Debilitating arthritis and structural damage to the knees can support a successful Social Security disability claim. Damage to one or both knees can result in “exertional impairments” – limitations on standing, walking, stooping, climbing, and carrying, and it can result in “non-exertional impairments” – pain, poor sleep, pain medication side effects, obesity, and a myriad of conditions associated with lack of exercise and a sedentary lifestyle. You may also slip into depression if you are not able to get around physically, interact with family, travel or perform activities that you enjoy.
Most chronic knee pain claimants are in their late 40’s or 50’s with the knee pain arising from years of wear and tear. Perhaps you were involved in an automobile accident 15 or 20 years ago, you injured your knees playing football in high school, or perhaps you wore down the cartilage or bones in your knees standing on hard concrete over many years. Perhaps you have sought pain relief with over the counter analgesics or supplements containing tumeric or curcumin.
Since Social Security judges frequently see claimants alleging disability based on knee pain, you are going to have to show that your pain is more than the mild to moderate discomfort that everyone experiences from time to time, and instead is severe and debilitating to the point where you have difficulty walking and sitting because of the pain and discomfort.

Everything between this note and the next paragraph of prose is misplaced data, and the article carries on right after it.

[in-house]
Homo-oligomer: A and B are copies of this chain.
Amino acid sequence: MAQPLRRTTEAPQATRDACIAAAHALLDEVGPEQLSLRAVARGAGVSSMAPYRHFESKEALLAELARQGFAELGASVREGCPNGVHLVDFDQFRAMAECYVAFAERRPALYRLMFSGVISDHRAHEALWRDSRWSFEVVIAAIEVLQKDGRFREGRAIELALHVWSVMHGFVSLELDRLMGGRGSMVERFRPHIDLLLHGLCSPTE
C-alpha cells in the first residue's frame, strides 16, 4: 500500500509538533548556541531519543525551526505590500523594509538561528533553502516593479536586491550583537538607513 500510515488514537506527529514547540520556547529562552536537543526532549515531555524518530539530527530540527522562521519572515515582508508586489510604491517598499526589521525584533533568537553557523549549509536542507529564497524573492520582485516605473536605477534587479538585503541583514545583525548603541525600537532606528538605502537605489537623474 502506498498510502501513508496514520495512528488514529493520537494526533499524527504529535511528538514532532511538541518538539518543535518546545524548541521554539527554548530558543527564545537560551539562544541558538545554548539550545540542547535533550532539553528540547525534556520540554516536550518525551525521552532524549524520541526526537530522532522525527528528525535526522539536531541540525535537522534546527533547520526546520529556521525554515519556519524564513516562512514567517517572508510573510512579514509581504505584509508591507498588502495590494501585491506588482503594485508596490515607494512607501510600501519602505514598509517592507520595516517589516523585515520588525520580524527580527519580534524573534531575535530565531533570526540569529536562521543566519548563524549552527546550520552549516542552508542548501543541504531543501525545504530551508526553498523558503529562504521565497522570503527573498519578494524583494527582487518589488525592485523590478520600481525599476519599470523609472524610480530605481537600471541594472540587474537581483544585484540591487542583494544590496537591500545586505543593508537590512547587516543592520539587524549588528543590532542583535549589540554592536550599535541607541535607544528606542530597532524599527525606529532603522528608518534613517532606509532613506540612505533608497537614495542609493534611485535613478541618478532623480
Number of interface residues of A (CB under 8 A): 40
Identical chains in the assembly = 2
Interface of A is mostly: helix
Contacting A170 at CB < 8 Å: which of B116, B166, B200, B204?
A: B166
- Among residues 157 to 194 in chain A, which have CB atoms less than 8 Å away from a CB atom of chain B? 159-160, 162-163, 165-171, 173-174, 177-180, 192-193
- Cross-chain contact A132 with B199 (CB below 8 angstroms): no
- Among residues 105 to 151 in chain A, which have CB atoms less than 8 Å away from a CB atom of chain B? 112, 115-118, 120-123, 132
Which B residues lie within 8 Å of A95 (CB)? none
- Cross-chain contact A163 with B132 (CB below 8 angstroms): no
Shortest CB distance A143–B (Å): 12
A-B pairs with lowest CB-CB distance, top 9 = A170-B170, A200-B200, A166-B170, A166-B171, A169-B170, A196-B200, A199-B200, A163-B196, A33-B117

In my experience, some of the factors that judges look for when evaluating knee pain cases include:
- long, solid work history
- objective evidence of problems in your knees – such as MRI reports
- treatment records from an orthopedist who specializes in knee pain cases
- evidence that your doctor recommends a knee replacement, and preferably bilateral knee replacements
- a medications report indicating that your doctor has prescribed prescription and/or non-prescription medications but nothing has given you relief
Winning Arguments in Knee Pain Disability Hearings
There are basically three ways to win a knee pain case. Click on the links for more detail:
- meet a listing at 1.02 or 1.03 (dysfunction of a major weight bearing joint)
- residual functional capacity – prove that your functional capacity for work has been so reduced by your knee pain and associated limitations that you would not be a reliable employee
- meet a grid rule (generally limited to those over age 50 with a limited education and an unskilled work background)
Here are some case studies from recent cases I tried that involved chronic and severe knee pain:
Knee pain case study #1: 51 year old female in need of bilateral knee replacements. Surgery was recommended 4 years ago, but she has not had the procedure because of medical and religious grounds.
Knee pain case study #2: 50 year old female with chronic knee pain following fall at work and 2 unsuccessful arthroscopic surgeries. Depression and mood disorder also exist.
Knee pain case study #3: 59 year old female, status post bilateral knee arthroplasty (replacements) with residual chronic pain and limitation of movement. This case resulted in a favorable decision.
Knee pain case study #4: 50 year old male, unable to walk without a walker following unsuccessful repair of 5 year old knee replacement, and current need for replacement of other knee
Knee pain case study #5: 47 year old male with past work in construction and as a truck driver, in need of bilateral knee replacement. Case was complicated by significant spinal injury and coronary artery disease.
Knee pain case study #6: This case involved the claim of a 38 year old man with severe degenerative arthritis in both knees. He is a candidate for bilateral knee replacements and contends that he cannot work because of pain, swelling and the need to frequently stretch and take excessive breaks.